SANGRUR: In the hot and dusty, politically volatile Malwa region of Punjab the Sangrur parliamentary constituency is witnessing a three side fight for political revival. The seat is a clear representative of the problems that continue to plague rural Punjab, and people here stand miffed at successive governments at state and centre for failing to provide them any succour.

The three front runners at this point are Bhagwant Mann of the Aam Aadmi Party (AAP) who is the sitting Lok Sabha member, Parminder Dhindsa of the Shiromani Akali Dal (SAD - Badal) and Kewal Singh Dhillon of the Congress party. The other notable name in the fray is former MP Simranjit Singh Mann of the SAD (Amritsar) which is seen as the hardline party of the Sikhs.

Bhagwant Mann is fighting the most important battle for AAP as he is the lone candidate who can win and prevent his party from falling into oblivion in the state, where it had threatened to form the government just two years ago.

Today AAP has shrunk from a pan Punjab party to one that is mainly confined to Sangrur. Its leaders include Mann as MP, Aman Arora as chief of the poll campaign committee and Harpal Singh Cheema as the leader of opposition in the Punjab Assembly, all of them from Sangrur. The constituency includes the Sangrur and Barnala districts and emerged as the AAP stronghold in the 2017 assembly polls, sending five of its nine MLAs.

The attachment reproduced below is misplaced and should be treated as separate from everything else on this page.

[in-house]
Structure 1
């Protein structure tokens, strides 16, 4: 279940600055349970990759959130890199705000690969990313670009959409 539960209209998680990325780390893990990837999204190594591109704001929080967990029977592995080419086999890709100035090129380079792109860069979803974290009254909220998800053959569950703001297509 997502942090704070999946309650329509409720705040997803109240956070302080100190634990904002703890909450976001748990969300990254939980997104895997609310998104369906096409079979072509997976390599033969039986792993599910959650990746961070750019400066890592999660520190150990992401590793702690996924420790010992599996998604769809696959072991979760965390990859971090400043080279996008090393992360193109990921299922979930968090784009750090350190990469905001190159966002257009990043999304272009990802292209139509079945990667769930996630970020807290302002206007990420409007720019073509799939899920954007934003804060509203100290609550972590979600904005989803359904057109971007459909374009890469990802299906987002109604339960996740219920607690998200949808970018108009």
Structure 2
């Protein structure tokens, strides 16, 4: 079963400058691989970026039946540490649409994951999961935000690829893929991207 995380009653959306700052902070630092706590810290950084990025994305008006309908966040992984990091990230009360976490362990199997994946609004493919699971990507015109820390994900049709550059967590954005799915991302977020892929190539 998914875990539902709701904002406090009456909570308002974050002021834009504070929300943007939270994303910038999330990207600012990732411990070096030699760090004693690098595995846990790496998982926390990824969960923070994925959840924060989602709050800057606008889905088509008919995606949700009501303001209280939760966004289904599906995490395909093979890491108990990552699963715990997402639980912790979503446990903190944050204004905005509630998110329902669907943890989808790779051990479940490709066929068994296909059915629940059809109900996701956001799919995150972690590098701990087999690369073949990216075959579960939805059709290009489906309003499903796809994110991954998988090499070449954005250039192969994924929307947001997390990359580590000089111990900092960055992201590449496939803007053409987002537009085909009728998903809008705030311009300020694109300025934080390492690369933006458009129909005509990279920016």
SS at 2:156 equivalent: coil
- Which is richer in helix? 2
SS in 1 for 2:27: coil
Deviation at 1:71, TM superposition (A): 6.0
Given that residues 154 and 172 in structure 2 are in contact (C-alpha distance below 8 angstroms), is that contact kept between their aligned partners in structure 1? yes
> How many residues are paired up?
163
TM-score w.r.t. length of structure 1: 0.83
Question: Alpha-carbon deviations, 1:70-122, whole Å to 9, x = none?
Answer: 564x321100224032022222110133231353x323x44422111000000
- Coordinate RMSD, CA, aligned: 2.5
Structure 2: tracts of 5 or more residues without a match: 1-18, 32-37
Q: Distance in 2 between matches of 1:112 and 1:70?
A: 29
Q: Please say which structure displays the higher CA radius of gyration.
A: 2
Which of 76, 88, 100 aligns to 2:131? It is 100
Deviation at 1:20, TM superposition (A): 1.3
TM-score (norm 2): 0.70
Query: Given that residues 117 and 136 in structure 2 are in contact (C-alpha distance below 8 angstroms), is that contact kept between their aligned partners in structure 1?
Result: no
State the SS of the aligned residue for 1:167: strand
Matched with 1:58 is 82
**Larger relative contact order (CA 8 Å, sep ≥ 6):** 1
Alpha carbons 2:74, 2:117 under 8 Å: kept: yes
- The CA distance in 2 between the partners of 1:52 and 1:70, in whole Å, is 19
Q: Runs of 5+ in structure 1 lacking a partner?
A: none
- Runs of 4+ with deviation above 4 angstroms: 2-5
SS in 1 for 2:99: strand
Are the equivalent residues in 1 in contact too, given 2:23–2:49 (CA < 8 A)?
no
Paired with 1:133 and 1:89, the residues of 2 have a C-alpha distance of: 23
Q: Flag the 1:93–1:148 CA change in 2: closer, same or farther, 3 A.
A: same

With the AAP downslide continuing and its support base shrinking across Punjab, the bastion of Sangrur is offering some hope of re-election for the Jhadu (broom, AAP’s poll symbol) as it is better known among the masses. In Punjab the party continues to witness desertion after the departures of leaders and its ally the Lok Insaf Party and a split in the last two years.

Mann has been hitting out at Chief Minister Amarinder Singh of the Congress for engineering the departures of AAP leaders in the state, and at Prime Minister Narendra Modi for doing the same in Delhi. “What is the point of having elections? You should allow our leaders to win and then purchase them. Shame on you for such politics! I will not let my people down,” he says in a video that he shared on a social media site.